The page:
In this vein baiting of wildlife with either dead or live bait is completely unacceptable as it alters the animals natural behaviour and makes them dependent on bait,
If you are a smoker carry a portable ash tray. If you don’t have one an empty metal box (the kind in which you get mints) will suffice. Just don’t store it in your camera bag!
Treat your driver and guide with respect, they do not own pet tigers and leopards to show on cue. Trust their judgement, they enter the park almost every day, you don’t.
A quick word on bird photography. Photographing birds at the nest is not encouraged. It disturbs the birds and often causes them to abandon the nest, especially when vehicle after vehicle stops at the nest.
Do not deliberately make birds fly to get flight shots and then continue pursuing them. They also need to rest. This also applies to animals like the blackbuck, they need to lie down and digest their cud, pursuing them endlessly will kill them.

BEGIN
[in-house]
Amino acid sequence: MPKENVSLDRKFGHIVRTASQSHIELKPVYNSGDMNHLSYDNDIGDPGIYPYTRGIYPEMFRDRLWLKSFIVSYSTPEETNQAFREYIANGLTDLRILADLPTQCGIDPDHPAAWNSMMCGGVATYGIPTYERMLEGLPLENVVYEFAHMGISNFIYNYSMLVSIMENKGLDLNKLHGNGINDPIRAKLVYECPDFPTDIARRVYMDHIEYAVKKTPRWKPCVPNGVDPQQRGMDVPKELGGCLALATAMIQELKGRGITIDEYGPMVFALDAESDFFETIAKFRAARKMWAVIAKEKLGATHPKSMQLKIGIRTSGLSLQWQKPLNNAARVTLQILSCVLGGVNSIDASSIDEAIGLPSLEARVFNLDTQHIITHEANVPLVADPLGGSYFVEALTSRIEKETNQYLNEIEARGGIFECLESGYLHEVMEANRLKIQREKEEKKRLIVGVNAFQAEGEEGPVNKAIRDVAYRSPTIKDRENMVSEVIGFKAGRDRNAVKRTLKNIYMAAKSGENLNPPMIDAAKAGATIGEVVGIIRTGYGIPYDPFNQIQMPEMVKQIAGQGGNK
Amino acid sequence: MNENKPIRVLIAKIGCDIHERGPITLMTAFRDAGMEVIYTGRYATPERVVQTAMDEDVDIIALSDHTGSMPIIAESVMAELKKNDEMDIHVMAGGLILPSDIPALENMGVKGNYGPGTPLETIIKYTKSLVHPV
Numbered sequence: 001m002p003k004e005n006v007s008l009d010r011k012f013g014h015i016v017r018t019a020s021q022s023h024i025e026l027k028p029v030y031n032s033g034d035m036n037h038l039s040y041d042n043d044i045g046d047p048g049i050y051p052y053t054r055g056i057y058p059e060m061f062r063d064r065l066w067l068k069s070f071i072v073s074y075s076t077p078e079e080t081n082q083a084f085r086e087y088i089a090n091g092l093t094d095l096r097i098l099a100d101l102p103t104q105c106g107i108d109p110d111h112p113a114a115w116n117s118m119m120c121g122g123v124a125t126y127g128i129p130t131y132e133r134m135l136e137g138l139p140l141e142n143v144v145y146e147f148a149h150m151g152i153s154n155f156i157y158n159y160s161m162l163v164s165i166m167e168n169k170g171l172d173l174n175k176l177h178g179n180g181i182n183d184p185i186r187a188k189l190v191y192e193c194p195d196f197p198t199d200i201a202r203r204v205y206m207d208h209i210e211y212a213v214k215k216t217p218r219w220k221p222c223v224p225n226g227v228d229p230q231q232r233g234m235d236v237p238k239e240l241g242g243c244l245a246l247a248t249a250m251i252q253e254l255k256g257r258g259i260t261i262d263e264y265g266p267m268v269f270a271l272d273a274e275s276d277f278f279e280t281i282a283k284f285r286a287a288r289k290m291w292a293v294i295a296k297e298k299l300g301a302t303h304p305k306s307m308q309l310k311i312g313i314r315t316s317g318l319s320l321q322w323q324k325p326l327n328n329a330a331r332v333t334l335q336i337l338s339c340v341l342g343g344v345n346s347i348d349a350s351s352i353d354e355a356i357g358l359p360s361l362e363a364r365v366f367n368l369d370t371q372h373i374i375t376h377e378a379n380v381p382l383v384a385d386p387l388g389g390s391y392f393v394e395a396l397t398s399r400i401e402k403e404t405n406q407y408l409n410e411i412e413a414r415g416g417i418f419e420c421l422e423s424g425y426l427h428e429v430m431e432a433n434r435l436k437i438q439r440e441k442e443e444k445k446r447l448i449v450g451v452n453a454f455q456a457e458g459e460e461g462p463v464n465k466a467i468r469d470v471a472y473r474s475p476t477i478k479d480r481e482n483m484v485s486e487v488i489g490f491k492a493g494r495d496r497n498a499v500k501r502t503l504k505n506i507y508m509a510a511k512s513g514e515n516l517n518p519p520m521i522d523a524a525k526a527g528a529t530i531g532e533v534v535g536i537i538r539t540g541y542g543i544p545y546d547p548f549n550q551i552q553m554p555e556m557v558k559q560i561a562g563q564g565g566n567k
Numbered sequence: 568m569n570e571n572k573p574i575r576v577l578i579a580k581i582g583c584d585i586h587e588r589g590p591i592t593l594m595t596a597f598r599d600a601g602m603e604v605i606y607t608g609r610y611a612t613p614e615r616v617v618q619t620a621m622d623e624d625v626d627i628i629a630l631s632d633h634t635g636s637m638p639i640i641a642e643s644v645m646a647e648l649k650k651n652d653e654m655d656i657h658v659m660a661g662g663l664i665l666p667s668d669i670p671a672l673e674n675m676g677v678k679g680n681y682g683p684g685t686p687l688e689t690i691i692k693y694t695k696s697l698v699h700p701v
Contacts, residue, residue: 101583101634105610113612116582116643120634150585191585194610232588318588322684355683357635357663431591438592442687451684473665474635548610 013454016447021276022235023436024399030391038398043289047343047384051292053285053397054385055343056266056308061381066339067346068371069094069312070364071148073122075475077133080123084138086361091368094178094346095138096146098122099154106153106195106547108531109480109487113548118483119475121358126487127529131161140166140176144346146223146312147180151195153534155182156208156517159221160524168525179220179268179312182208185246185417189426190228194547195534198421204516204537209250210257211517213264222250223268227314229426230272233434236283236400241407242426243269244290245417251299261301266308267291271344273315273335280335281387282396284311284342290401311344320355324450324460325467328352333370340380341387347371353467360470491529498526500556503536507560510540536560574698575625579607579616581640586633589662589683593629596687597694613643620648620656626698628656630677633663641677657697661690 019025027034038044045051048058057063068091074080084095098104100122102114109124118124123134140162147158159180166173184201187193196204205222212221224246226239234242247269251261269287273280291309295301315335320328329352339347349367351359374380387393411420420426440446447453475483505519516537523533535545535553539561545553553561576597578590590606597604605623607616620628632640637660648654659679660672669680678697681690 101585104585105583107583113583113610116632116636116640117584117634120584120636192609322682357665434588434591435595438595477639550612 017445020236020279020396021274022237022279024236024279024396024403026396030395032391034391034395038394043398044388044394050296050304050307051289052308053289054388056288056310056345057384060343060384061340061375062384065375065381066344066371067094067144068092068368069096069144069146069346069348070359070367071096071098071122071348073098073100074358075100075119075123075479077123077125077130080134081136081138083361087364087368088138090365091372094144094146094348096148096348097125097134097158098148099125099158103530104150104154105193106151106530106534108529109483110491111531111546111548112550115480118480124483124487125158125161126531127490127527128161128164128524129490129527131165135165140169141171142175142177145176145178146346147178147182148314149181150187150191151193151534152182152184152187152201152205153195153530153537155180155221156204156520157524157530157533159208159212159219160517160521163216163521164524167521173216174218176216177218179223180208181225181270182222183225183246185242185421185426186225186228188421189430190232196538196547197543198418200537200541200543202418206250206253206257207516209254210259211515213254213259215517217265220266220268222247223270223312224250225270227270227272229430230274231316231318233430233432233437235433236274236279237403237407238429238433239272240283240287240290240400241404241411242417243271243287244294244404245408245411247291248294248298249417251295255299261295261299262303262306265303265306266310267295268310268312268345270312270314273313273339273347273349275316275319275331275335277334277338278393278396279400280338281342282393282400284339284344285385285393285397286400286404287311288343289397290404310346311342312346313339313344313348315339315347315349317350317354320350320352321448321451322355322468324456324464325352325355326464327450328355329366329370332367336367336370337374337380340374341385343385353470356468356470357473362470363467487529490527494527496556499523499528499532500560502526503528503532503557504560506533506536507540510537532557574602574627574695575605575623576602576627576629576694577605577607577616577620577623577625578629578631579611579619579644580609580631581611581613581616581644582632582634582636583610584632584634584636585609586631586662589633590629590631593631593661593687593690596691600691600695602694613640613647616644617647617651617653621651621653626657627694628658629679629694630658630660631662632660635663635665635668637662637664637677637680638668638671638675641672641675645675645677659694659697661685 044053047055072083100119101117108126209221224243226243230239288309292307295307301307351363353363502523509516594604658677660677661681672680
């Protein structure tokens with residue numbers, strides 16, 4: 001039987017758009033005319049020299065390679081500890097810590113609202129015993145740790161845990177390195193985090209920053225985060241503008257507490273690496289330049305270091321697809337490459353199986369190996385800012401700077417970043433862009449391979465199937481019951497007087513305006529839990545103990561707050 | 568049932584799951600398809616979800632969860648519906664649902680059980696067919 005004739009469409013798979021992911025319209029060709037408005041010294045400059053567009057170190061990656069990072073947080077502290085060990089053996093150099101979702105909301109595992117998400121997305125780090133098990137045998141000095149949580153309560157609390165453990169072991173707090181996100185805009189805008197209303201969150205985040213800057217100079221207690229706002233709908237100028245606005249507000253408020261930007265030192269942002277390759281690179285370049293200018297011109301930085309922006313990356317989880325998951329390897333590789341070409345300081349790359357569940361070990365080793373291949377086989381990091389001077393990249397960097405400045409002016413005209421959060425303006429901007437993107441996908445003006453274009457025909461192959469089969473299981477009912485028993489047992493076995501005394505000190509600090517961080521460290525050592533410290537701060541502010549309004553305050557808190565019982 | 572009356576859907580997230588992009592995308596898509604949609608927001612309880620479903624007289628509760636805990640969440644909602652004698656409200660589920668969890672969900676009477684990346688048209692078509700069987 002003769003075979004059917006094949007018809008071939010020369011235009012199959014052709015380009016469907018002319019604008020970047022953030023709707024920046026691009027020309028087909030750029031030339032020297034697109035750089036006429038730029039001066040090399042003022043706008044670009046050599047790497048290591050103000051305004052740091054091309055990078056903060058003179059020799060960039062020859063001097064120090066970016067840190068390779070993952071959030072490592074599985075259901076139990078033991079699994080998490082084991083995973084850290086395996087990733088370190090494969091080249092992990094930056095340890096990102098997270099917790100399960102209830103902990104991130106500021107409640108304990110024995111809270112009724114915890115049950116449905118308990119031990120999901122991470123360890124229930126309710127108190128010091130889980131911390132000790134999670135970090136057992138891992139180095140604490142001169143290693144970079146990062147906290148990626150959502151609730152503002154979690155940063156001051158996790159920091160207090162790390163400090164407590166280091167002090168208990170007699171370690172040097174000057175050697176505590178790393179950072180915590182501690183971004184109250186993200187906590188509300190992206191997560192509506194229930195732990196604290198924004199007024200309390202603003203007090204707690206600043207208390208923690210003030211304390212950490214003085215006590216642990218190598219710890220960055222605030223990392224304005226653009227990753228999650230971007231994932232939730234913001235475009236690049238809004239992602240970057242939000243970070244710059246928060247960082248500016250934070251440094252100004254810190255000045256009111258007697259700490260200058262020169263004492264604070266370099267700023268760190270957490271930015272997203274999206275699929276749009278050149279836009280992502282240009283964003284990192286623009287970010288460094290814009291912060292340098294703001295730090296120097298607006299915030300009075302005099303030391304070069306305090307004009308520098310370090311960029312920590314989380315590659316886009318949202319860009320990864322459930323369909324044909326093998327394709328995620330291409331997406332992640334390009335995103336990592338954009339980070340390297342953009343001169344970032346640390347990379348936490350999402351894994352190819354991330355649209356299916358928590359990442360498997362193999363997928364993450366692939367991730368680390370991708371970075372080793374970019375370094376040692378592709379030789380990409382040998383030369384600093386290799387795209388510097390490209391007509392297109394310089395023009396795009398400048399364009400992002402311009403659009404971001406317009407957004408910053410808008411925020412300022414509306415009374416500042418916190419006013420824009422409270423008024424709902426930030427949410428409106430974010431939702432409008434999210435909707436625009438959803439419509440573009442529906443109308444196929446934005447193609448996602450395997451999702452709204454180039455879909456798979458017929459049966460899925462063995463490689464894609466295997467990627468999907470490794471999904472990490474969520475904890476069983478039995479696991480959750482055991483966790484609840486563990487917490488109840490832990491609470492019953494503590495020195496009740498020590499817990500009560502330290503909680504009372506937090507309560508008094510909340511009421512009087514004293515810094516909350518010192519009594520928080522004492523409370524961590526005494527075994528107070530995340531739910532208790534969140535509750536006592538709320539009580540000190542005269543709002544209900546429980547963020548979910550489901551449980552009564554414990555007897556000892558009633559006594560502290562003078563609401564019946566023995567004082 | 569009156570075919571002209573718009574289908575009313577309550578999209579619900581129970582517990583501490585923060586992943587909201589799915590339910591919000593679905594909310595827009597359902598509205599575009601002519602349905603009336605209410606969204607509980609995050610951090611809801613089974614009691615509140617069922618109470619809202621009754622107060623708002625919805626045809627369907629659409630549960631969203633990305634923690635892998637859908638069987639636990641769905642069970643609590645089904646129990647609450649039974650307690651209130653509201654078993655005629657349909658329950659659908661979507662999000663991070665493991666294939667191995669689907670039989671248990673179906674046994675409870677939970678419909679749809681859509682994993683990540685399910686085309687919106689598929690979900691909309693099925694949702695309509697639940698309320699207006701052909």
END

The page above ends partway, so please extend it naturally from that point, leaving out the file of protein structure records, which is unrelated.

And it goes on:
Do your best to avoid offroading. It damages fragile plants and you may run over an unsuspecting small animal or a nesting bird.
With regard to macro photography do not freeze subjects or place them in the refrigerator so they stay still. Do not move macro subjects, it stresses them and may leave them exposed to predators.
I personally am not a fan of manhandled subjects, thus you won't find the ubiquitous head shots of snakes in my portfolio.
Avoid photographing subjects that are restrained or boxed in.
When photographing flowers and fungi keep your ‘gardening’ i.e., removing minor distractions to the minimum.
Will following these guidelines get you better images? Yes, because your subjects will be relaxed and natural. Consider the second image below made at Tadoba's Jamunjhura waterhole. When all vehicles rushed to another area where a sighting had been reported, I chose to try this waterhole. We were the only vehicle and stayed away from the tigress, thus getting images of her totally relaxed.
Both images appear on Getty.
In conclusion I repeat that the welfare of the subject comes before the photograph. If you feel you are disturbing the subject back off.
Cheers and remember it's all about the light!